I’ve read all six editions and have enjoyed all of the stories. Many of the poems could easily have found a home in any of our most prestigious literary journals. In fact, two of our regular contributors, both former students, have had stories published in a leading journal in recent months. It speaks volumes for the standard of teaching at Tabor Adelaide, and says much for the talents being nurtured.

The anthology is called Tales from the Upper Room, reflecting the theological roots of Tabor Adelaide and a direct link to the upper room where Jesus and his disciples met to celebrate the last supper. The ‘upper room’ also refers to the fact that our writers’ groups meet in The Loft, the highest room in the university.

Links:

Learn the craft of writing

Many would be writers fail before they start.

They fail because they have not learned the basics of the craft of writing. They assume that they can write a best seller on the basis of their ability to string together a few words. They have not done their apprenticeship in the craft of writing. Then they get upset because their manuscript gets rejected the first time they send it to a publisher.

Time for a reality check.

I read recently about a successful editor working for a large publishing company who stated that at least 80% of manuscripts fail in the first page or two and deserved to be rejected. That’s a staggering statistic. Novice writers are almost all rejected because they fail to study or understand the writing and publishing process.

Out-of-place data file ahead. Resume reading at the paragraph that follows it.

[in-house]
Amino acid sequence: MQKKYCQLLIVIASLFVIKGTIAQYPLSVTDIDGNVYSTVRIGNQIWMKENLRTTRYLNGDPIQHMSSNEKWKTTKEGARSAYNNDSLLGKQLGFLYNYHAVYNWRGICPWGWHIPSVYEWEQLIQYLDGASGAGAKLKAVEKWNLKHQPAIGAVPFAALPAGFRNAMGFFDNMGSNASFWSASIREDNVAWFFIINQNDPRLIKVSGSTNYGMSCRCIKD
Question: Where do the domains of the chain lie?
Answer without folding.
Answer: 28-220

This editor made some simple to follow observations:

  1. Follow the publisher’s guidelines to the letter. Most writers don’t bother to do this basic first step and so their manuscript will be rejected. That is the harsh reality whether they like it or not.
  2. Format the manuscript correctly. Presentation is everything. Most  publishers have their own way they require a manuscript to be presented. Find out what that is and follow it.
  3. Check the grammar. A poor grasp of the English language, its structures, formalities and conventions will make it easy for the editor to reject a manuscript. If you lack confidence or knowledge in this area get someone to teach you – or find a book or course to help you.
  4. Check the spelling. Spelling mistakes can and must be avoided. Check every word, recheck and check again. When writing my current novel I’m on the 7th draft and I’m still finding typos.
  5. Check the punctuation. Again, check, double check and then some more. Get someone else to check the manuscript for you. Pay a professional copy-editor to check it for you. You will be amazed at how many simple errors can creep in under the radar.

In short – give yourself the best possible chance of having your manuscript accepted for publication.

Good writing.